Ueno Park Yeah Whatever

To be honest, by the time I got to Ueno Park I really didn't care about cherry blossoms anymore. I just wanted to finish my walk, bask in my glorious personal triumph and then go home. So here's a picture from Ueno Park, just to prove I was there.

Goodbye, Pen...I Wuv You

Upon reaching Ueno-Hirokoji Station, I was getting excited because I knew Ueno Park couldn't be too far ahead. But in this picture I look unhappy (that is, I look slightly more serious than in my other pictures) because of something that happened while I was dragging myself through Akihabara a few minutes earlier. As I was reaching down to grab the bottle of green tea I had just bought from a vending machine, my note-taking pen fell from my shirt pocket into a sewer grate. Not that the pen was essential to my trip. It was just a really nice pen.

Klaatu. Verata. Ochanomizu.

After Chidorigafuchi was Takebashi, then I veered north into Kanda (don't say "Kanda" out loud unless you're interested in summoning deadites!).

This is the Kanda River. To my front is college town and music instrument store haven Ochanomizu. To my back is the squalid den of Tokyo's unhealthy geek culture, Akihabara. I know it's not picturesque, but I took this shot because seeing the Kanda River reminded me of my early days in Tokyo, when I would ride the train over this bridge to get to training in Shinjuku. Also, with the translation "Tea Water," Ochanomizu is quite possibly my favorite train station name in all of Tokyo. It's right up there with Bakurocho ("Horse-Eating Town").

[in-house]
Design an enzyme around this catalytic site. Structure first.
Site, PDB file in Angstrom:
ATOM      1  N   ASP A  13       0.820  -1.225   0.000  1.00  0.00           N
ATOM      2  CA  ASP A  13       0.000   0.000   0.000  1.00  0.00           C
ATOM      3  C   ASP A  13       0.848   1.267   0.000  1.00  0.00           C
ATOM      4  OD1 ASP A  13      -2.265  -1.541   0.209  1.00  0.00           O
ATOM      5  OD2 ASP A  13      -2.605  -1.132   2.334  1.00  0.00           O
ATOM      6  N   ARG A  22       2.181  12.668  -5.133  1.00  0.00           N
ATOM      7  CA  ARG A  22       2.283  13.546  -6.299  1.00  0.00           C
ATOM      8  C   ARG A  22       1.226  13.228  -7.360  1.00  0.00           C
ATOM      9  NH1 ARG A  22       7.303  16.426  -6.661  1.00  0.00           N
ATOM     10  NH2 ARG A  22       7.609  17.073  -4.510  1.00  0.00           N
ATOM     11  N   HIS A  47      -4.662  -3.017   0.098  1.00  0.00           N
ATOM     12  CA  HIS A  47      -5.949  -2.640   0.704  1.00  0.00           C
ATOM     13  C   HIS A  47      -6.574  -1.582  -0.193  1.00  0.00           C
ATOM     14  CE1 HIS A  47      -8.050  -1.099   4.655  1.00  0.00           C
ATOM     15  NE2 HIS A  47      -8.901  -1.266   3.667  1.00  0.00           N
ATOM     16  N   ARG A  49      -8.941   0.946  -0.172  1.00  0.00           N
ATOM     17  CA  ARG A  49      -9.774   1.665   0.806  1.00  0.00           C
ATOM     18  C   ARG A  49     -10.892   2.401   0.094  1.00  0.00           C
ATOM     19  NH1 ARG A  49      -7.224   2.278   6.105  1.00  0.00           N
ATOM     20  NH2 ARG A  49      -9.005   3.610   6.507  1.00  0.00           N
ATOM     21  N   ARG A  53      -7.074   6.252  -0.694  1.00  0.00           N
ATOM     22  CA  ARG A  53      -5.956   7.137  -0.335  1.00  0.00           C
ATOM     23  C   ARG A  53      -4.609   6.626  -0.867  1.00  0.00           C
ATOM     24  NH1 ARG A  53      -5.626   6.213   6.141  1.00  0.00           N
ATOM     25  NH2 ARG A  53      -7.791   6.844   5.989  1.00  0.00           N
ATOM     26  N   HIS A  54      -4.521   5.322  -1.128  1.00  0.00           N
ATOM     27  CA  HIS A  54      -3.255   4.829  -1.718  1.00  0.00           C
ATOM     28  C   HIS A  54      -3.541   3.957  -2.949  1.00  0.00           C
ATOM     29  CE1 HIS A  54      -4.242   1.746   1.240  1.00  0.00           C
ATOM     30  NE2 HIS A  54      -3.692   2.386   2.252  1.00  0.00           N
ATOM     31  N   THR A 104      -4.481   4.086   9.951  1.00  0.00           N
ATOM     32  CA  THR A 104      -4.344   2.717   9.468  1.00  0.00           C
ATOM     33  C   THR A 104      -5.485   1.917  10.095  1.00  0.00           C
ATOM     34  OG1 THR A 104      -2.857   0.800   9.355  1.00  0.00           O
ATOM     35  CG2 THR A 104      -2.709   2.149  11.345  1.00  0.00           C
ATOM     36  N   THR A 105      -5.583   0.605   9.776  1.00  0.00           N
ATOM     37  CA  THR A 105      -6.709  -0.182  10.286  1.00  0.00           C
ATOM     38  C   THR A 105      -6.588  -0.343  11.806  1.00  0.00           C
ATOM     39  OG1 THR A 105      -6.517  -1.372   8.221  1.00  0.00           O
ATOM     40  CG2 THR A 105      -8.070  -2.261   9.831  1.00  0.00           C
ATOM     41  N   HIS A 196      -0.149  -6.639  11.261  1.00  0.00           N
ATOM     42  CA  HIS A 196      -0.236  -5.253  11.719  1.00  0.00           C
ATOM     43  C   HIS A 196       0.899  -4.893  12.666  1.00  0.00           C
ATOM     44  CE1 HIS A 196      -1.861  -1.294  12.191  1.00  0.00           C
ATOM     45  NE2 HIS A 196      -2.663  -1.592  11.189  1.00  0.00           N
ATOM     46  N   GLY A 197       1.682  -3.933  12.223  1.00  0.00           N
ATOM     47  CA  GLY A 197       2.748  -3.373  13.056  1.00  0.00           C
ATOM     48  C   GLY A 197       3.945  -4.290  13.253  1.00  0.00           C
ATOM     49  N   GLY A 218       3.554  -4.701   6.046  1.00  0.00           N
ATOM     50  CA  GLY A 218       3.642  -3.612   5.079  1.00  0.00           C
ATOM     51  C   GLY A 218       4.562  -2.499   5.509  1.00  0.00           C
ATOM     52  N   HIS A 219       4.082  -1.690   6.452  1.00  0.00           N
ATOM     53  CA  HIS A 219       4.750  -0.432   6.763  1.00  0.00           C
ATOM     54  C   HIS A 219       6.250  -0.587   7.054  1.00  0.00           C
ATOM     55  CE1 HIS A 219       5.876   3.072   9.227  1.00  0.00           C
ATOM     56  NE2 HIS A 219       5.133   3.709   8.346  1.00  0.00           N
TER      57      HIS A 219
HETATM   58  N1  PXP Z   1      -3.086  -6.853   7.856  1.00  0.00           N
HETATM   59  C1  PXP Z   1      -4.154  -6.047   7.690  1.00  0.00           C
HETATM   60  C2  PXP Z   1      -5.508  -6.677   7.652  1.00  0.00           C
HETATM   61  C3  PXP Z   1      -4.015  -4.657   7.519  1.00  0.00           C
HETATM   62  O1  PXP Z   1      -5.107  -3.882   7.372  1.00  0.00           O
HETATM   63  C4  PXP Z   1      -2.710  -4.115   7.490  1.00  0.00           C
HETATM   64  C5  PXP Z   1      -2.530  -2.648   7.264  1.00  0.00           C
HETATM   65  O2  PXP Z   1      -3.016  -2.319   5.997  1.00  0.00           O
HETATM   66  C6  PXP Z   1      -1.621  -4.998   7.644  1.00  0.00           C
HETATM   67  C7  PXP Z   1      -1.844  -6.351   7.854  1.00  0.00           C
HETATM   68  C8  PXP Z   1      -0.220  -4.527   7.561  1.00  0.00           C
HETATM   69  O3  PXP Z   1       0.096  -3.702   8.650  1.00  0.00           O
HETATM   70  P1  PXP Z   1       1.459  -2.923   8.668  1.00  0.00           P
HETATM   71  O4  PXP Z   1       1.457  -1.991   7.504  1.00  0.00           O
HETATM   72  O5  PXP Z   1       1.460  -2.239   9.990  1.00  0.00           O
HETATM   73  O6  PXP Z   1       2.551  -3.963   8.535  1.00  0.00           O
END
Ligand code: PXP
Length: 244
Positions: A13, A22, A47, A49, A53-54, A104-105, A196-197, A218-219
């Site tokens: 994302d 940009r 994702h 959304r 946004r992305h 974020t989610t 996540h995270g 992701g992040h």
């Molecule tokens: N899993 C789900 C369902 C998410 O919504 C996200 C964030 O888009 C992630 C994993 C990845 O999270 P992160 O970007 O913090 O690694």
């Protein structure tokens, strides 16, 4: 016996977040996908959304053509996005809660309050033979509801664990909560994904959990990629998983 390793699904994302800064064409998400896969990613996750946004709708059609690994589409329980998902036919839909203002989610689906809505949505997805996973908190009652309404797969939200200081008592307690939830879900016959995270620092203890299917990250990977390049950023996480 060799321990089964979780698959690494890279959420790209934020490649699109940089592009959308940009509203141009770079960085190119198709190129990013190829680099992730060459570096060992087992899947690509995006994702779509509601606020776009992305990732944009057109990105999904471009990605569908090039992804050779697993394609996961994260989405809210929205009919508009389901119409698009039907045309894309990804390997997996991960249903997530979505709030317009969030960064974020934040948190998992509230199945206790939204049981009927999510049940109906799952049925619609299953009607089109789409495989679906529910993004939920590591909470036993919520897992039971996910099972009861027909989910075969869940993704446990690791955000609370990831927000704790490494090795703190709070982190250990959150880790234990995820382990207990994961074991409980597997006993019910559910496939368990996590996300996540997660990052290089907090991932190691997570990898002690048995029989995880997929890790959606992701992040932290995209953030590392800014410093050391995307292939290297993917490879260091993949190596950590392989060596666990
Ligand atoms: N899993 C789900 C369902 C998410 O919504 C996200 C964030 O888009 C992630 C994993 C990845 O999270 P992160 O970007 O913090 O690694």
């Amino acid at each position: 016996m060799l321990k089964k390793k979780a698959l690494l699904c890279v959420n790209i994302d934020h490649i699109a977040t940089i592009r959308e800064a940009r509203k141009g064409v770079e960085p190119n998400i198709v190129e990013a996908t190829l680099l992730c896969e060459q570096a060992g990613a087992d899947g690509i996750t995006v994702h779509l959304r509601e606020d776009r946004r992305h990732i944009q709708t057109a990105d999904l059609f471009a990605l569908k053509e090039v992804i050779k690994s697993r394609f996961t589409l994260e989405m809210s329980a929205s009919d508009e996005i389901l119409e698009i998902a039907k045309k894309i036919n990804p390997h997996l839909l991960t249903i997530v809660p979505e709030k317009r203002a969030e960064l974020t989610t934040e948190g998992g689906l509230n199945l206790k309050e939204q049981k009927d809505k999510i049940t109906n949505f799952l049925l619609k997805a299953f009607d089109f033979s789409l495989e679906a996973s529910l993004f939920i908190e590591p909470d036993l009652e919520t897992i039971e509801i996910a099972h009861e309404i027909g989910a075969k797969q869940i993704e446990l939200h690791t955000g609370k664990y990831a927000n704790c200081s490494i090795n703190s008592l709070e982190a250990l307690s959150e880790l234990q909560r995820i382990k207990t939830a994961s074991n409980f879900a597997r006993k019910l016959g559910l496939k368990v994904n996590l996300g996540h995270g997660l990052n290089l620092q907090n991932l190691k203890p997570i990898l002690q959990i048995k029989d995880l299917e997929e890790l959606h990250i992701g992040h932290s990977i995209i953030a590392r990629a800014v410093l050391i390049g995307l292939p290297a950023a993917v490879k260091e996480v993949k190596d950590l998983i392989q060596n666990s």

Chidorigafuchi 3

This is one of my favorite pictures of the entire day. If I remember it right, this is looking south over Hanzo Hori.

Chidorigafuchi 2

Here's another nice one, looking up through the branches.

Chidorigafuchi 1

Isn't this nice? From this picture, you'd never guess how incredibly crowded with sightseers and picnickers the area around the Kokyo was.


Around 2:00 I reached the west border of the Kokyo and things started to get more interesting. Unfortunately I wouldn't be able to enter the Kokyo East Garden as per my original plan, as all parts of the inner Kokyo are closed on Monday and Friday. This is the east-southeast view from just outside the Hanzomon (mon means "gate"; Hanzo means "the coolest ninja in history").